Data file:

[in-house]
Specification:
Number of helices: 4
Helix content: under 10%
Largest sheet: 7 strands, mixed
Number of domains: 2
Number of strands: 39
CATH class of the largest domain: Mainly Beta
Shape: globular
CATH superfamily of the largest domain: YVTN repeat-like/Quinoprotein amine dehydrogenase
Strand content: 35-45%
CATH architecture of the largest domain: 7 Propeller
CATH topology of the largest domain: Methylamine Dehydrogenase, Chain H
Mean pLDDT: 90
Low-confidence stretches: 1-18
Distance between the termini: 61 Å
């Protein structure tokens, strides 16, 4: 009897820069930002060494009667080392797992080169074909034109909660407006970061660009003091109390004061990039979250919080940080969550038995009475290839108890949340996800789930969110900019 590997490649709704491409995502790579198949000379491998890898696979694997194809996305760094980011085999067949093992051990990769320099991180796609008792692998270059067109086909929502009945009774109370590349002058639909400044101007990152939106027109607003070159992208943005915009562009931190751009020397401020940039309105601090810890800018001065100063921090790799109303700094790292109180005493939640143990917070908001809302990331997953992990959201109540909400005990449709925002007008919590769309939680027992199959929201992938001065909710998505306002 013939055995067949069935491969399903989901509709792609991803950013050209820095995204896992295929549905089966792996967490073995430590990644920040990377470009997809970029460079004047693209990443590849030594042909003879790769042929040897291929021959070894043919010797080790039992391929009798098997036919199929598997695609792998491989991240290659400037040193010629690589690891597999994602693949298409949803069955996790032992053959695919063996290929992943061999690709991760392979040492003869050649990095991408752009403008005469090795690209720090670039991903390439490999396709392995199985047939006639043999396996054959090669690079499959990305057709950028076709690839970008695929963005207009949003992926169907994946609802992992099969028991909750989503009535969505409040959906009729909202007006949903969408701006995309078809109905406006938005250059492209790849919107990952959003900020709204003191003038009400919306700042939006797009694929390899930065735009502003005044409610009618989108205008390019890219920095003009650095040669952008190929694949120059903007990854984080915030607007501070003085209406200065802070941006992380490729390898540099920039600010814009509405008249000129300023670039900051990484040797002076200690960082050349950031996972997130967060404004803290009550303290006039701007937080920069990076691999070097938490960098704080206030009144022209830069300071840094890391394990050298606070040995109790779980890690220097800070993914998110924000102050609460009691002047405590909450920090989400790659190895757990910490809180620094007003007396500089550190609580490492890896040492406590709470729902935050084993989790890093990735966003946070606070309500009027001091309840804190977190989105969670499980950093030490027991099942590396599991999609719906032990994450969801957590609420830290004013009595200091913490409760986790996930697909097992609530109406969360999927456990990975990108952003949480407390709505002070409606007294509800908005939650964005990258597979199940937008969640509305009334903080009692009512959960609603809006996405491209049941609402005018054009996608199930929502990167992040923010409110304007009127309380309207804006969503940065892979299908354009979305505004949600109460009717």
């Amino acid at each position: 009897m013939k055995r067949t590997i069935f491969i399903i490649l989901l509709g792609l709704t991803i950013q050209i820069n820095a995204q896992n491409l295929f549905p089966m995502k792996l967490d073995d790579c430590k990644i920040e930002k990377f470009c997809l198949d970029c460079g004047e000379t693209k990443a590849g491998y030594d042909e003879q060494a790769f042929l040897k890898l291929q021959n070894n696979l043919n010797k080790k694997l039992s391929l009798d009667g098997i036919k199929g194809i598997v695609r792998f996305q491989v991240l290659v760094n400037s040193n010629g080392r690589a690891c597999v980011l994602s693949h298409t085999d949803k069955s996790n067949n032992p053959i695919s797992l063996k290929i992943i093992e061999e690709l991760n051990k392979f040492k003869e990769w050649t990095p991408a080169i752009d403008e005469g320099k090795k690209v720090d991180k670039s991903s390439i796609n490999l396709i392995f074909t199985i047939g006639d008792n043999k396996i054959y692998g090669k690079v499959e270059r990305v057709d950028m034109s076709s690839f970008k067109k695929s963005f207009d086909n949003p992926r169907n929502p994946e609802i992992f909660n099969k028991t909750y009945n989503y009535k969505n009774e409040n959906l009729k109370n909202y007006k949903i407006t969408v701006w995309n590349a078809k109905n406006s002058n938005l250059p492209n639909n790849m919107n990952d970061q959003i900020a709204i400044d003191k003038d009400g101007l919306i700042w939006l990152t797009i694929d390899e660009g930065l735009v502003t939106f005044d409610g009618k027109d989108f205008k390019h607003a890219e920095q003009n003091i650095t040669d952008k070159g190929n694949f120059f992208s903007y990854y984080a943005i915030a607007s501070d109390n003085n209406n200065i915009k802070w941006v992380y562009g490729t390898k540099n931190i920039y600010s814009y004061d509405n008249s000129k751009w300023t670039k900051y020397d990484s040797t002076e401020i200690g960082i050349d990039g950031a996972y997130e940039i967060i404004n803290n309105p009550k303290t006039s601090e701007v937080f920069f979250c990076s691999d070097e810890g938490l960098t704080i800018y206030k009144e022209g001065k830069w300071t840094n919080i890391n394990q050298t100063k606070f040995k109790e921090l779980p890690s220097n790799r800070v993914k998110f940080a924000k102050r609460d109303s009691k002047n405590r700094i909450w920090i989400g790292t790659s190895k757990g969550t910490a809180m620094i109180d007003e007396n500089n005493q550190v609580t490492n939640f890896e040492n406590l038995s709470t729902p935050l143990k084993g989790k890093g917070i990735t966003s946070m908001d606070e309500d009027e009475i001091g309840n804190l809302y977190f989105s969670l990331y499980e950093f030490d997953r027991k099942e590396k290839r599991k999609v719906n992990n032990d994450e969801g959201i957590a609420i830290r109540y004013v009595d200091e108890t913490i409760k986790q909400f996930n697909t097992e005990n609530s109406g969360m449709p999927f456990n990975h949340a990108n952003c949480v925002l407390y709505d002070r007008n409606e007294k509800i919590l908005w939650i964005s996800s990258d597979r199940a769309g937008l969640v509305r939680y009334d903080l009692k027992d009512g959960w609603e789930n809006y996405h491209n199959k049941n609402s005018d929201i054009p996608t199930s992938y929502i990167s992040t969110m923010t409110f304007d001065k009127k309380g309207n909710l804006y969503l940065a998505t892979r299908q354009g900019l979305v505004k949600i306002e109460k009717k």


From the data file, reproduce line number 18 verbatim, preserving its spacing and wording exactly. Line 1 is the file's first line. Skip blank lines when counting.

């Amino acid at each position: 009897m013939k055995r067949t590997i069935f491969i399903i490649l989901l509709g792609l709704t991803i950013q050209i820069n820095a995204q896992n491409l295929f549905p089966m995502k792996l967490d073995d790579c430590k990644i920040e930002k990377f470009c997809l198949d970029c460079g004047e000379t693209k990443a590849g491998y030594d042909e003879q060494a790769f042929l040897k890898l291929q021959n070894n696979l043919n010797k080790k694997l039992s391929l009798d009667g098997i036919k199929g194809i598997v695609r792998f996305q491989v991240l290659v760094n400037s040193n010629g080392r690589a690891c597999v980011l994602s693949h298409t085999d949803k069955s996790n067949n032992p053959i695919s797992l063996k290929i992943i093992e061999e690709l991760n051990k392979f040492k003869e990769w050649t990095p991408a080169i752009d403008e005469g320099k090795k690209v720090d991180k670039s991903s390439i796609n490999l396709i392995f074909t199985i047939g006639d008792n043999k396996i054959y692998g090669k690079v499959e270059r990305v057709d950028m034109s076709s690839f970008k067109k695929s963005f207009d086909n949003p992926r169907n929502p994946e609802i992992f909660n099969k028991t909750y009945n989503y009535k969505n009774e409040n959906l009729k109370n909202y007006k949903i407006t969408v701006w995309n590349a078809k109905n406006s002058n938005l250059p492209n639909n790849m919107n990952d970061q959003i900020a709204i400044d003191k003038d009400g101007l919306i700042w939006l990152t797009i694929d390899e660009g930065l735009v502003t939106f005044d409610g009618k027109d989108f205008k390019h607003a890219e920095q003009n003091i650095t040669d952008k070159g190929n694949f120059f992208s903007y990854y984080a943005i915030a607007s501070d109390n003085n209406n200065i915009k802070w941006v992380y562009g490729t390898k540099n931190i920039y600010s814009y004061d509405n008249s000129k751009w300023t670039k900051y020397d990484s040797t002076e401020i200690g960082i050349d990039g950031a996972y997130e940039i967060i404004n803290n309105p009550k303290t006039s601090e701007v937080f920069f979250c990076s691999d070097e810890g938490l960098t704080i800018y206030k009144e022209g001065k830069w300071t840094n919080i890391n394990q050298t100063k606070f040995k109790e921090l779980p890690s220097n790799r800070v993914k998110f940080a924000k102050r609460d109303s009691k002047n405590r700094i909450w920090i989400g790292t790659s190895k757990g969550t910490a809180m620094i109180d007003e007396n500089n005493q550190v609580t490492n939640f890896e040492n406590l038995s709470t729902p935050l143990k084993g989790k890093g917070i990735t966003s946070m908001d606070e309500d009027e009475i001091g309840n804190l809302y977190f989105s969670l990331y499980e950093f030490d997953r027991k099942e590396k290839r599991k999609v719906n992990n032990d994450e969801g959201i957590a609420i830290r109540y004013v009595d200091e108890t913490i409760k986790q909400f996930n697909t097992e005990n609530s109406g969360m449709p999927f456990n990975h949340a990108n952003c949480v925002l407390y709505d002070r007008n409606e007294k509800i919590l908005w939650i964005s996800s990258d597979r199940a769309g937008l969640v509305r939680y009334d903080l009692k027992d009512g959960w609603e789930n809006y996405h491209n199959k049941n609402s005018d929201i054009p996608t199930s992938y929502i990167s992040t969110m923010t409110f304007d001065k009127k309380g309207n909710l804006y969503l940065a998505t892979r299908q354009g900019l979305v505004k949600i306002e109460k009717k």